Memorandum submitted by The Betting Office
Licensees Association (BOLA)
1.1 The Betting Office Licensees Association
(BOLA) is pleased to respond to the invitation of the Culture,
Media and Sport Committee to submit evidence to the Committee's
inquiry into the Operation of the National Lottery.
1.2 BOLA is the off-course betting industry's
principal trade body. Membership comprises more than 5,400 of
Britain's 8,300 licensed betting offices, including all of the
major bookmaking companies.
1.3 Some of the matters on which the Committee
has invited comment are not relevant to the betting industry and
on these we offer no response.
2.1 Both of the companies currently competing
for the new National Lottery licence have committed themselves
to raising sums for good causes that are generally regarded as
unrealistic. It follows that the Lottery is certain to be promoted
even more aggressively than before.
2.2 Regardless of the identity of the new
operator, pursuit of already stated objectives is bound to include
increased marketing and advertising and the introduction of new
games, with a consequential further damaging effect on other betting
and gaming operations.
3.1 BOLA has proposed to the Gambling Review
Body that the minimum age for all forms of gambling, including
the National Lottery, should be 18.
3.2 It seems to us that with the Lottery
being so widely available the reality is that youngsters well
below the legal maximum age will always be able to gain easy access
to Lottery tickets and Instants. A minimum age of 18 years would,
therefore, seem justified.
4.1 Because betting is a hard form of gaming,
BOLA has advised the Gambling Review Body that the embargo on
bookmakers advertising on television and radio should be retained.
Nevertheless, the National Lottery gains significant competitive
advantage over others in the gambling sector by being able to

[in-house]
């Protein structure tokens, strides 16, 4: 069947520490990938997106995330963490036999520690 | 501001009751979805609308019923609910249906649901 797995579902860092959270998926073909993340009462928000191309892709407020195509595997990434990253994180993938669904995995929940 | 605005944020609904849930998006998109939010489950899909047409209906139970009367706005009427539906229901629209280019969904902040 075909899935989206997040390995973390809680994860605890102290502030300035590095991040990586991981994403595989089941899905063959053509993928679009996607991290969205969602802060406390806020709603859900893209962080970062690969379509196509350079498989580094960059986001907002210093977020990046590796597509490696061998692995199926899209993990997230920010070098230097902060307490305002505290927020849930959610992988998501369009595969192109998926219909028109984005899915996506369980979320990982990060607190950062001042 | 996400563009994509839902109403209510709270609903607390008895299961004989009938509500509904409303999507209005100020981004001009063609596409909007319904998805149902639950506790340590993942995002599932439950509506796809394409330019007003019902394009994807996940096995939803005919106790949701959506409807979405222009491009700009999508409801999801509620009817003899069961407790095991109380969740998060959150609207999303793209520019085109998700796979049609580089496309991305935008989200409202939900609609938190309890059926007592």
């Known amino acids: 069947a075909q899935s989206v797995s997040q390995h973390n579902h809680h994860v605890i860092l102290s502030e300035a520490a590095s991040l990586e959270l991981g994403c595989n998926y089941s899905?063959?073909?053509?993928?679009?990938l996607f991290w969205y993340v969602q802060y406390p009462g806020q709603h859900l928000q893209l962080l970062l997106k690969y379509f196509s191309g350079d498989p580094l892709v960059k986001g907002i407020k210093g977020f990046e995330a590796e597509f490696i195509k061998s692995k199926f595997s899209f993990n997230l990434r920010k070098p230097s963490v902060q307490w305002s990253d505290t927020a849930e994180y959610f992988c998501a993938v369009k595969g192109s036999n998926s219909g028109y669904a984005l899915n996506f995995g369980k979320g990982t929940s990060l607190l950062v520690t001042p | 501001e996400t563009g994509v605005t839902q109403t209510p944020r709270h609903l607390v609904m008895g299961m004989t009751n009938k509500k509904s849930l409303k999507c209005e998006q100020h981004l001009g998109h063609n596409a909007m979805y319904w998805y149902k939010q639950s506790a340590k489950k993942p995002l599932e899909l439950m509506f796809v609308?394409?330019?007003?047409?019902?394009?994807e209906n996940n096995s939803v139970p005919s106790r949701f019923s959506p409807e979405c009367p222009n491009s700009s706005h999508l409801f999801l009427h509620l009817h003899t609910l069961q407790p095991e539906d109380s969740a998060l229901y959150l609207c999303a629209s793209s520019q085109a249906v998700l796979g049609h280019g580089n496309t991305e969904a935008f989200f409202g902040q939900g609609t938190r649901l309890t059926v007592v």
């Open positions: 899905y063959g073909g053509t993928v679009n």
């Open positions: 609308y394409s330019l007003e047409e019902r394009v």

advertise on television.
4.2 Realistically, we recognise that this
privilege will not be withdrawn, but the benefit it confers should
be acknowledged in the form of reasonable concessions to other
operators. In the case of bookmakers, a reasonable and readily
available solution would be to allow betting on the outcome of
5. IMPACT OF
5.1 During the passage of the National Lottery
Bill, the Home Office undertook to monitor the impact of the Lottery
on the Horserace Betting Levy.
5.2 This commitment was given in response
to concerns that this new gambling product would erode off-course
betting turnover and, therefore, the Levy. Responsibility for
this monitoring was given to the Economics and Resource Analysis
Unit of the Home Office's Research Development and Statistics
5.3 In each of the past five years, the
Economics and Resource Analysis Unit has found that the Lottery
increasingly has had a negative impact on turnover and the Levy.
5.4 The latest report, published earlier
this year, concluded that off-course betting expenditure in 1999
was around 14.7 per cent below the level it would have reached
in the absence of the Lottery.
5.5 Whilst the object of the Home Office
exercise was to measure the impact of the National Lottery on
the Levy, it is obvious that a loss of turnover of this magnitude
was, and remains, extremely serious for the betting industry.
5.6 In 1996, the Henley Centre estimated
that off-course betting turnover in 1995 had been 8.5 per cent
lower than would have been the case had there been no Lottery.
5.7 The Home Office's estimate for 1995
was a somewhat greater loss of 11.8 per cent. However, both these
figures preceded the introduction of the midweek draw, which accounts
for the rise to last year's deficit of 14.7 per cent. The position